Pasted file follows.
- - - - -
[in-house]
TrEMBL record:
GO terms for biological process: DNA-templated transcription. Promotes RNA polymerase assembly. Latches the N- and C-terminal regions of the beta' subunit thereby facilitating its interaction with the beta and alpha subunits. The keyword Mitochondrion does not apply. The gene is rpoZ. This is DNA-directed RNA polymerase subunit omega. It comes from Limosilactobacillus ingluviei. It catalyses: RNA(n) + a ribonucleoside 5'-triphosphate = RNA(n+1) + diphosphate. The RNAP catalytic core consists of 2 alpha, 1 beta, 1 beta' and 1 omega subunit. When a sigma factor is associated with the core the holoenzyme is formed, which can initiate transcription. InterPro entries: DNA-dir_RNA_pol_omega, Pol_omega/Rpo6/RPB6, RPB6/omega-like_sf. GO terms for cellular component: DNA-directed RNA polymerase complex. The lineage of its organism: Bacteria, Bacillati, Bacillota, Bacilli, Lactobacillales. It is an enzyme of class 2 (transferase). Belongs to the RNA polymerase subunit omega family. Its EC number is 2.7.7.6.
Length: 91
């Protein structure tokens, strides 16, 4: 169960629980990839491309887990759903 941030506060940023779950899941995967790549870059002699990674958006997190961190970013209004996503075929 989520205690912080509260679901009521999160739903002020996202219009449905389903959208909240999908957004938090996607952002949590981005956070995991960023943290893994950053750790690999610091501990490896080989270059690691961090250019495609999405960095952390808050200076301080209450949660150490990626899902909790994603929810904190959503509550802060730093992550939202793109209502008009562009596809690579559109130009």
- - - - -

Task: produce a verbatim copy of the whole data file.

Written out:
[in-house]
TrEMBL record:
GO terms for biological process: DNA-templated transcription. Promotes RNA polymerase assembly. Latches the N- and C-terminal regions of the beta' subunit thereby facilitating its interaction with the beta and alpha subunits. The keyword Mitochondrion does not apply. The gene is rpoZ. This is DNA-directed RNA polymerase subunit omega. It comes from Limosilactobacillus ingluviei. It catalyses: RNA(n) + a ribonucleoside 5'-triphosphate = RNA(n+1) + diphosphate. The RNAP catalytic core consists of 2 alpha, 1 beta, 1 beta' and 1 omega subunit. When a sigma factor is associated with the core the holoenzyme is formed, which can initiate transcription. InterPro entries: DNA-dir_RNA_pol_omega, Pol_omega/Rpo6/RPB6, RPB6/omega-like_sf. GO terms for cellular component: DNA-directed RNA polymerase complex. The lineage of its organism: Bacteria, Bacillati, Bacillota, Bacilli, Lactobacillales. It is an enzyme of class 2 (transferase). Belongs to the RNA polymerase subunit omega family. Its EC number is 2.7.7.6.
Length: 91
């Protein structure tokens, strides 16, 4: 169960629980990839491309887990759903 941030506060940023779950899941995967790549870059002699990674958006997190961190970013209004996503075929 989520205690912080509260679901009521999160739903002020996202219009449905389903959208909240999908957004938090996607952002949590981005956070995991960023943290893994950053750790690999610091501990490896080989270059690691961090250019495609999405960095952390808050200076301080209450949660150490990626899902909790994603929810904190959503509550802060730093992550939202793109209502008009562009596809690579559109130009």